In the energy world of tomorrow electric vehicles will not just travel from A to B but will also perform plenty of other tasks. They can, for example, be used as temporary storage for the solar power they produce or – when connected to charging points in large numbers – supply electricity during shortages and help maintain grid stability. To be able to do this, they need to be networked far more extensively than they are today and communicate much more with their environment.
Electricity and data flow at the charging station
In this context data security and data communication in line with set rules are crucial factors. However, to date, only an international standard (ISO 15118) for the data exchange between the vehicle and the charging station has been established. All other communication streams, those to energy utilities, grid operators, fleet managers or third-party providers have not yet been defined. The charging station operator is practically the custodian of all data. This is the starting point for the DELTA project, funded (2016 to the end of 2018) by the Federal Ministry for Economic Affairs and Energy (BMWi). Under the leadership of innogy, seven partners from industry, science and standardisation develop "protection profiles". Which market participant in electric mobility should be allowed to communicate with the charging station? What types of information will be provided and which security standards need to be complied with to prevent e-mobility users from becoming totally transparent customers? To date there is no comprehensive legal framework in place to answer all these questions.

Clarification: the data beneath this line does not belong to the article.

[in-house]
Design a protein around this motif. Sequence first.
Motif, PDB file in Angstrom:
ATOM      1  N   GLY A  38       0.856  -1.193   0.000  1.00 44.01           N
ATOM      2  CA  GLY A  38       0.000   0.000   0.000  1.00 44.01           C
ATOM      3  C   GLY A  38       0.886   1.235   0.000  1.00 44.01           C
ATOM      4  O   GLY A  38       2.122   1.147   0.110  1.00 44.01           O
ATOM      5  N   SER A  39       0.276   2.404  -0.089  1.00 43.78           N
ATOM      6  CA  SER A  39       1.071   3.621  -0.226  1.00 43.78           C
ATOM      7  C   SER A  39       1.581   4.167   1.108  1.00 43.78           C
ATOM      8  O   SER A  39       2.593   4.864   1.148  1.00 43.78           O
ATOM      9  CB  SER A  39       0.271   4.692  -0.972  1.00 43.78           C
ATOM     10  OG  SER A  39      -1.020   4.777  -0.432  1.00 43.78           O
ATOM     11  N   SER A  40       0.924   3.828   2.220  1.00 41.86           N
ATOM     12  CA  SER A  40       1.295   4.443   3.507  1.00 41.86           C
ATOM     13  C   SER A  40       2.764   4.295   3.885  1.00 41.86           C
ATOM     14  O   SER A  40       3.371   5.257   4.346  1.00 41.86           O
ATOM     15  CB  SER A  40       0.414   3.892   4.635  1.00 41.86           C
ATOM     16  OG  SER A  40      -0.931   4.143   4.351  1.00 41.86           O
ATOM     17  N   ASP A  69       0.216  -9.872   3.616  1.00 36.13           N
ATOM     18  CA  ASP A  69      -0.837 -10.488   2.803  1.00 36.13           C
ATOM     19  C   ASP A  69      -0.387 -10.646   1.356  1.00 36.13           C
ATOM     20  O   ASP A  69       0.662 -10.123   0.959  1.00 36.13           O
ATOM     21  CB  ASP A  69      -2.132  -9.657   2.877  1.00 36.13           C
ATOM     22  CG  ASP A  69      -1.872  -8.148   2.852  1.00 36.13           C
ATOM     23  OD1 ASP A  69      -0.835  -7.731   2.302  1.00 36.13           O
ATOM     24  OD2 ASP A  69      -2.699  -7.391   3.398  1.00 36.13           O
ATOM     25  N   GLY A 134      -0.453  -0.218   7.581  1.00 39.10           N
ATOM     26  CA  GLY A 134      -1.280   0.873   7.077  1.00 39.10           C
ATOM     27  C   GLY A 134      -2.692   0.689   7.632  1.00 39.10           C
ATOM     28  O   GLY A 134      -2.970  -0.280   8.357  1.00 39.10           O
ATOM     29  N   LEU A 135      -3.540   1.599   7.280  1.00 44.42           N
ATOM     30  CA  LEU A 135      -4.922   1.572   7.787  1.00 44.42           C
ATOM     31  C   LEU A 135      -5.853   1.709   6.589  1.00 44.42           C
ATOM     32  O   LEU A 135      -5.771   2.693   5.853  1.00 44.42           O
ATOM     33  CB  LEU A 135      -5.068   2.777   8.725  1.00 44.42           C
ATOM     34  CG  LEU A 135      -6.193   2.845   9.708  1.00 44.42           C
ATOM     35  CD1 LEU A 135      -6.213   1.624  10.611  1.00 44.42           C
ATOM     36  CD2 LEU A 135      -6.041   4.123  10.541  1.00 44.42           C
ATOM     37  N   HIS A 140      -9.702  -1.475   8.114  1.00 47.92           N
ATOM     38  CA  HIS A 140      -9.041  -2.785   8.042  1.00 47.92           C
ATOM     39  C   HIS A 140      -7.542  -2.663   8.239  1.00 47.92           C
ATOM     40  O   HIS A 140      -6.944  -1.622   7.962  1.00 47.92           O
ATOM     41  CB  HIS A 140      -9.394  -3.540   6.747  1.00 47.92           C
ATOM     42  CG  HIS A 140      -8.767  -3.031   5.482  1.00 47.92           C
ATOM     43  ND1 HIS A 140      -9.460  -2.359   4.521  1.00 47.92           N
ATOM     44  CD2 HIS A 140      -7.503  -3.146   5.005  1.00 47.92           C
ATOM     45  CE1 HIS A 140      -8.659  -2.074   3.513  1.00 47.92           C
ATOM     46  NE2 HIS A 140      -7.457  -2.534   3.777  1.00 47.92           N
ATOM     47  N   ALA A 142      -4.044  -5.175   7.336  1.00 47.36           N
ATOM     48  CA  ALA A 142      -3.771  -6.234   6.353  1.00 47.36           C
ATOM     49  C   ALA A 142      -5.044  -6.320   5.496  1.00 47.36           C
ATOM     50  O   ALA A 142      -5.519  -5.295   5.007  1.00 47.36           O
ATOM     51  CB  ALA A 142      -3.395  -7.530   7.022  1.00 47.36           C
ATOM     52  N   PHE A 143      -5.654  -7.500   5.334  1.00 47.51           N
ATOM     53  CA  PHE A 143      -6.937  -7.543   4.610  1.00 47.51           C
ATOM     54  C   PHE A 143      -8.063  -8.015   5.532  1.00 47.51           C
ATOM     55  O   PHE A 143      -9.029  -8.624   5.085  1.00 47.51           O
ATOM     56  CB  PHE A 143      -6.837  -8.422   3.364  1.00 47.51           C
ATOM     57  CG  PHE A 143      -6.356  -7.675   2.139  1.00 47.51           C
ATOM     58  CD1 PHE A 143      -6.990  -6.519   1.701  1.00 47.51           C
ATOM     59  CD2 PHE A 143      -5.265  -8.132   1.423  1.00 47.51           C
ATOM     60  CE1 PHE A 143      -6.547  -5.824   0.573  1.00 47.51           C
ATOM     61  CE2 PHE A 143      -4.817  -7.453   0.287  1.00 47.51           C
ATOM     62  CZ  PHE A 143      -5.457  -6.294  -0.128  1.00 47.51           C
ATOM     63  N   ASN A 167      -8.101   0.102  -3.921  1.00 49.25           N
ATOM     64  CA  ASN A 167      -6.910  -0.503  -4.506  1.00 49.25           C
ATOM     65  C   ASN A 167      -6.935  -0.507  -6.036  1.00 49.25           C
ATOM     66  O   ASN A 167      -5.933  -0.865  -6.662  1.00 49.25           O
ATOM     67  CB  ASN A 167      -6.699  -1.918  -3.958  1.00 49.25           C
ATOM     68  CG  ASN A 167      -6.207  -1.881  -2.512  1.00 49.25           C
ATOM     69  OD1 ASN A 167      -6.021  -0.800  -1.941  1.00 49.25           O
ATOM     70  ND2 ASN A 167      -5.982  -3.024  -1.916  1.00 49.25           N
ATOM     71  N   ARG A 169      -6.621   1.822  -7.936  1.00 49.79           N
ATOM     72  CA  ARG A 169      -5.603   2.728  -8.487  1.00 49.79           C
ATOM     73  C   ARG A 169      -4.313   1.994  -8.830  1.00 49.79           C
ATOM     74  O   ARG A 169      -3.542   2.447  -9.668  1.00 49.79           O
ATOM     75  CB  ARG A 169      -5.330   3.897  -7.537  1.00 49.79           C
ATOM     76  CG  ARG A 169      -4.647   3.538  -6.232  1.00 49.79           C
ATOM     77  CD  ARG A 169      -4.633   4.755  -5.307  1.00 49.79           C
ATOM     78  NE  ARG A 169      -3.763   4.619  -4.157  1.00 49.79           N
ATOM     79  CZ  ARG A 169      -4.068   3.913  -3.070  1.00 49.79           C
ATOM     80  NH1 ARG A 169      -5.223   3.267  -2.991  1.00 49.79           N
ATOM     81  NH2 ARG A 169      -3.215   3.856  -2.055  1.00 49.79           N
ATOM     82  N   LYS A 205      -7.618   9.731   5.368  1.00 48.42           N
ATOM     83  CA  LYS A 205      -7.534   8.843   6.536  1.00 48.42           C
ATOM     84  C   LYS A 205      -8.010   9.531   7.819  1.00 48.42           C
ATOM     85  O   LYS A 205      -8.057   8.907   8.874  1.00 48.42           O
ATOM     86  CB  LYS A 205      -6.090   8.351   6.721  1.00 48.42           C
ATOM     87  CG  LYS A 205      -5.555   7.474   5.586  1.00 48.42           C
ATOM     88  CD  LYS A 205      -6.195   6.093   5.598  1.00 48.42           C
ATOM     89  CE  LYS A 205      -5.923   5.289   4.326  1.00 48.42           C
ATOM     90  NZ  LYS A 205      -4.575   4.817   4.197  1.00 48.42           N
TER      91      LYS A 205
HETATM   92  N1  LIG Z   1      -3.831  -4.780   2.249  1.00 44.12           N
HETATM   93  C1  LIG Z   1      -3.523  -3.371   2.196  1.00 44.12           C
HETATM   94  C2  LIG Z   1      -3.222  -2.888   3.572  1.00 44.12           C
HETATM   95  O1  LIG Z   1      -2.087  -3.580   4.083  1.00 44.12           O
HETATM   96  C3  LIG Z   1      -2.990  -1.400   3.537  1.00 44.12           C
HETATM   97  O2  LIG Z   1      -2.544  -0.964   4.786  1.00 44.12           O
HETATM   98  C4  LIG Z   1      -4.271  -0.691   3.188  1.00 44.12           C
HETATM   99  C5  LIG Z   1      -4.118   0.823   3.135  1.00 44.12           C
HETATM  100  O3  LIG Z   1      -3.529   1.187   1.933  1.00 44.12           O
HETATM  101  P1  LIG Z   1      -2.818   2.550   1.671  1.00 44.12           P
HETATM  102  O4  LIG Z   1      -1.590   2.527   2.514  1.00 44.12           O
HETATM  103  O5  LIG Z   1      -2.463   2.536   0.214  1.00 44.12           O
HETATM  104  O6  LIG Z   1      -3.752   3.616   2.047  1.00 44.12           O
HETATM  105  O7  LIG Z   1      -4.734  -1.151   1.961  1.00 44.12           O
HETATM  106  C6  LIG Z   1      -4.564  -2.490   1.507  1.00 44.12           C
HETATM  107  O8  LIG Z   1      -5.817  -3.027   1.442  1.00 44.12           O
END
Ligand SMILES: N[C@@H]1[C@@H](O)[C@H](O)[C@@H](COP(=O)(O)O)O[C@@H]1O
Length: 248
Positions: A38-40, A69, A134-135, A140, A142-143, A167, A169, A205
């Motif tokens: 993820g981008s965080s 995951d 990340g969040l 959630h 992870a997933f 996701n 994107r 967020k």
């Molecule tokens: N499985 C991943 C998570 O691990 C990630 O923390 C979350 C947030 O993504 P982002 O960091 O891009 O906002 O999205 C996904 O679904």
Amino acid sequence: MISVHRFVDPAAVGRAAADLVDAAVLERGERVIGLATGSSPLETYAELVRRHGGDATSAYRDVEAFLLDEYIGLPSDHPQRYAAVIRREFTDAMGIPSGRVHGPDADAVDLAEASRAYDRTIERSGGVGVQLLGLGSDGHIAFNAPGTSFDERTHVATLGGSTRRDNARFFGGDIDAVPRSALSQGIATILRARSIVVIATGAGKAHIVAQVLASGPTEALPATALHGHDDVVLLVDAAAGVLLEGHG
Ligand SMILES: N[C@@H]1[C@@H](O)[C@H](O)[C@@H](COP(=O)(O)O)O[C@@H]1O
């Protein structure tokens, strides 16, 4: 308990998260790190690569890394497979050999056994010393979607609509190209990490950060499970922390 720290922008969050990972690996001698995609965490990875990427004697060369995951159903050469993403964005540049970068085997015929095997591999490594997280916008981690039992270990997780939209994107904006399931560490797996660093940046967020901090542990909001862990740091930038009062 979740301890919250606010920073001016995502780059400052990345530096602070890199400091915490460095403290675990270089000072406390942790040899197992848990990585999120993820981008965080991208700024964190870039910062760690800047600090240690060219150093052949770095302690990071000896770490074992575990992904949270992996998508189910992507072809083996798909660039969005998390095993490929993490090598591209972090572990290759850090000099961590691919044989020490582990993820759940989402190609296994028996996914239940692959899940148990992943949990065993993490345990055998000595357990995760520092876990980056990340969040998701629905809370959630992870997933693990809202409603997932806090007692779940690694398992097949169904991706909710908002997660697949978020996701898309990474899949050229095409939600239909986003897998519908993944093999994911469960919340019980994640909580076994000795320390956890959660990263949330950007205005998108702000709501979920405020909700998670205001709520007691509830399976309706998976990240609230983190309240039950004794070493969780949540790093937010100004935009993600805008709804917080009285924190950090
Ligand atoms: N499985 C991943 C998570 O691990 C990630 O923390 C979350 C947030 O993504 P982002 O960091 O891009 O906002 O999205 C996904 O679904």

There is a lack of standards and legal provisions in this regard. There are very concrete guidelines in place for smart meters, for example. We do not have anything like this for electric mobility yet.
DELTA develops the charging station of the future
We can think of protection profiles as valves that regulate the data streams in a way that protects consumers and benefits all market participants.
"We ascertain where protection is needed", says Marcel Jelitto, project manager at innogy. "Based on this analysis we then assess what communication between the market participants should actually look like in order to protect the consumers' personal data." innogy will then develop the prototype of the charging station of the future with its partners and will issue recommendations for action for manufacturers and committees. "We are putting in the ground work and making proposals to the Federal Office of Information Security based on our results", says Marcel Jelitto. Ground work that should ideally inform legal provisions and thus make electric mobility more secure.
The expansion of electric mobility is gathering momentum
Standardisation has another benefit. It opens up the market. In order to ensure data security, up to now manufacturers and operators of charging stations have set up closed private networks. If a clear legal framework for all potential market participants is put in place, it will be no longer necessary to close off the networks in this way. Expansion of electric mobility can gather momentum.